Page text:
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5 tips to rise above the technical side of your virtual clinic

5 tips to get started with your virtual clinic | Visiba Care

Are you feeling uncertain about the technical aspect of your virtual clinic? We get it. Healthcare professionals know the human body, diagnoses, and patient management – on the other hand, not everyone is as confident with digital tools. But there is help! We have listed 5 tips that will help you make the most out of your platform.

1. Use the right browser

Many healthcare organisations use Internet Explorer by default, but the fact of the matter is that this browser has not been updated since 2013 and lacks support for the WebRTC (Web Real-Time Communications) video format. We recommend that healthcare professionals use a web browser that is continuously updated and compatible with your selected solution for online consultations.

To easily access the right web browser, it is a good idea to have a shortcut to Google Chrome on your desktop. Set up the web application for video consultations as your home page or add it as a favourite so you can easily access the tool.

Would you like to know more about what to think about before getting started with your virtual clinic? Read our guide!

Guide Get started with your virtual clinic! Download

2. Customise your workstation

Camera & monitor
Do you use a laptop with a built-in camera for your video consultations? If so, we recommend that you invest a small amount of money in a desk that raises the computer so that the camera reaches eye level. This makes it easier to establish eye contact with the patient.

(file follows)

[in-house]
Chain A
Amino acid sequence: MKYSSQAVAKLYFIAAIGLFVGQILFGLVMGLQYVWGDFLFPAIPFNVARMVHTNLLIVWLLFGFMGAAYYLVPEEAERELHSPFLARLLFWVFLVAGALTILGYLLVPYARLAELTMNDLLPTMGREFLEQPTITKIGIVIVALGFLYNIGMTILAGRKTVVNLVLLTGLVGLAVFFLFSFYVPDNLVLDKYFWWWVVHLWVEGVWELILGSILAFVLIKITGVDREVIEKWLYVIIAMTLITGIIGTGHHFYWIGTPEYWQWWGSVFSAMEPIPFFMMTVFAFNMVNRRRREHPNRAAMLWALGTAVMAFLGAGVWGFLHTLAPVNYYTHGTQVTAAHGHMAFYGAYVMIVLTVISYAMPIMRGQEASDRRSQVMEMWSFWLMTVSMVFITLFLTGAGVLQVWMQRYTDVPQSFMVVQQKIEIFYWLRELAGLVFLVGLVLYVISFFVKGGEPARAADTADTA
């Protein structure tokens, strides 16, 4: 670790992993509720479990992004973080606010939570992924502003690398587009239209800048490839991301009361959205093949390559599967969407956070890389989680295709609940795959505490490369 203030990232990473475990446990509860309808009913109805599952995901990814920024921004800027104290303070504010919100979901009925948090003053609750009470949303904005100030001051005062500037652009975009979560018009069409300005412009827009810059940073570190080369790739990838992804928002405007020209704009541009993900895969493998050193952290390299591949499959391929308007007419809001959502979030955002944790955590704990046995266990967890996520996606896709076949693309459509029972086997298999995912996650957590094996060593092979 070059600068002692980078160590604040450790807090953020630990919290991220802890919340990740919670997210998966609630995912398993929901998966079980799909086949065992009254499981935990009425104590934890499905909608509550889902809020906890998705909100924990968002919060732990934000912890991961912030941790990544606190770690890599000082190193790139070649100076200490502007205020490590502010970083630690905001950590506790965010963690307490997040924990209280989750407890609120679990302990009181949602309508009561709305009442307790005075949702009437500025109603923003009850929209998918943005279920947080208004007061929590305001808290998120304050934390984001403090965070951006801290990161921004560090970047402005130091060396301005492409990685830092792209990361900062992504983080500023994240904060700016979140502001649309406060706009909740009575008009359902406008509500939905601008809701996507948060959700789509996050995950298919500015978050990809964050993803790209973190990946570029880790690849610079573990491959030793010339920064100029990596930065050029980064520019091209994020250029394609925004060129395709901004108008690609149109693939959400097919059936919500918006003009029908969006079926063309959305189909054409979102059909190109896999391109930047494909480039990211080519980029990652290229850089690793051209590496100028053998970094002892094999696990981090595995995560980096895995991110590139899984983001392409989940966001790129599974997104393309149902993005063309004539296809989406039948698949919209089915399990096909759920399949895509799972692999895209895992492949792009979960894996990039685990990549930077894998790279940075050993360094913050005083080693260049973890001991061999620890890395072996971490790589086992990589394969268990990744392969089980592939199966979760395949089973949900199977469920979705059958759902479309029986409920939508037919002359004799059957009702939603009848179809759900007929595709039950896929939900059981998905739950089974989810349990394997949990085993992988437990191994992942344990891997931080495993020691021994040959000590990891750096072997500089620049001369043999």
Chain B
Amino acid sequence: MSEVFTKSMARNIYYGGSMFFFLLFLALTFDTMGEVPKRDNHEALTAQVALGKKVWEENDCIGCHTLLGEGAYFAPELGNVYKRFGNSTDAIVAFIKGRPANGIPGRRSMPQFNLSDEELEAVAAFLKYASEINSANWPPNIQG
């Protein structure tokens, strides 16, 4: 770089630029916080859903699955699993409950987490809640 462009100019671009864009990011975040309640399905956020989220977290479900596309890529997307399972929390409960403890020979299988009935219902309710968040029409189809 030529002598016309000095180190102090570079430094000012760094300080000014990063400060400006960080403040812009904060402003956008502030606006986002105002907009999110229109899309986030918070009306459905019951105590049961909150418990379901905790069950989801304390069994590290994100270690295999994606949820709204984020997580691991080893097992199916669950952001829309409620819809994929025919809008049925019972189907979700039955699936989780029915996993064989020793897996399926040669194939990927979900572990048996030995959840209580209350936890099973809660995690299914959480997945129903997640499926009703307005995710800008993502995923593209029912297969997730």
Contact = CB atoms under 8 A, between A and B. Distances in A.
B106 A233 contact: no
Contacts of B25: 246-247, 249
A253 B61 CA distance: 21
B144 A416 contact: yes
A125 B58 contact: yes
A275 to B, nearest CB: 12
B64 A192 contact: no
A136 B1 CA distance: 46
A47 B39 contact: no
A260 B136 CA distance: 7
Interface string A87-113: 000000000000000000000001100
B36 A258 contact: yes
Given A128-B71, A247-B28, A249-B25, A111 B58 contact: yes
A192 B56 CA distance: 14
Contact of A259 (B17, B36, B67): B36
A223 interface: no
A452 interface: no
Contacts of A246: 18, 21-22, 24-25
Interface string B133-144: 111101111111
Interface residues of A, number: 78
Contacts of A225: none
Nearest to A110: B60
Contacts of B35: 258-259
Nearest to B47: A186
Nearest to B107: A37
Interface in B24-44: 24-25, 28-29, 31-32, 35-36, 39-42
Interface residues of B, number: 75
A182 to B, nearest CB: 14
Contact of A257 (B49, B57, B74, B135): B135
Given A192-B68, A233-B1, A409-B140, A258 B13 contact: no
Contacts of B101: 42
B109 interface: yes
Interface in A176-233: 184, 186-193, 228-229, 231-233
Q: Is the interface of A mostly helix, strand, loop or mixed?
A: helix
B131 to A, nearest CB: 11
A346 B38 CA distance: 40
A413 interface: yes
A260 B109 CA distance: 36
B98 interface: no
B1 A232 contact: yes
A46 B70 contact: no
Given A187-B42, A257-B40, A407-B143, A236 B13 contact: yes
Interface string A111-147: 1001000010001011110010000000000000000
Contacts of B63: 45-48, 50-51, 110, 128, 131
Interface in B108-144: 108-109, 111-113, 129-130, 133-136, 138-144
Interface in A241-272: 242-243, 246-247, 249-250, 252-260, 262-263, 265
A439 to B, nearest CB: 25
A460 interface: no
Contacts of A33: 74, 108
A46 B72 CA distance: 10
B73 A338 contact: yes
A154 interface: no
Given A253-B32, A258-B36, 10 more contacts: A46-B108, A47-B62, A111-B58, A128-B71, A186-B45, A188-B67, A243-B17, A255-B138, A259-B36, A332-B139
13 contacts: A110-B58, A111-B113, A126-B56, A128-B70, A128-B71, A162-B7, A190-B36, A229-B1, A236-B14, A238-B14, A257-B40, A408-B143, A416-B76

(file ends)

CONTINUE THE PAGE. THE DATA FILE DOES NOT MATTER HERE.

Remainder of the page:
If you have a desktop computer, it can be advantageous to have two monitors connected to your computer. This will allow you to review the patient’s medical record during the video consultation. You can switch among various windows on one screen, but this may take away the focus from the meeting itself.

Headset & keyboard
Feel free to use a headset when you conduct video consultations. It is practical to have this one device for sound input and output, and this provides additional patient security that no one else can overhear the discussion that takes place in the consultation. If you have multiple microphones installed on your computer, for example, one for video meetings and another one for dictation, always double-check that the correct microphone is activated before the consultation.

Short headset and keyboard cords can easily turn into a source of irritation. They can prevent your natural movement patterns and perhaps force you to move away from your monitor to reach the keyboard during the video call. Cordless devices or extra long cords easily solve this problem.

3. Test internally before your first video consultation

Feel free to simulate video consultations with your colleagues before you open up to emergency meetings with patients. This enables you to check how the equipment works but also gives you valuable feedback on light, background, conversational tone, movements, and more.

4. Have a Plan B in store

Unfortunately, it’s impossible to plan out all technical troubles – sooner or later some issue will probably occur. But if you have a Plan B in store, you can avoid the panic. If you mention at the beginning of the video consultation that you are experiencing technical problems, e.g. by calling the patient or starting a chat, both you and the patient will feel more secure about the situation.

5. Use cheat sheets

Finally, it is important to know where to turn if the technology fails. The IT department should provide help and support, but they may not be available when you need assistance quickly. Hopefully, the IT staff have been proactive and have formulated simpler problems and solutions in easily accessible manuals and tutorials so you can solve most problems yourself. If no such manuals exist, it would be of great value to ask for them. 🙂

Anna-Lena Kärrstrand

Anna-Lena Kärrstrand

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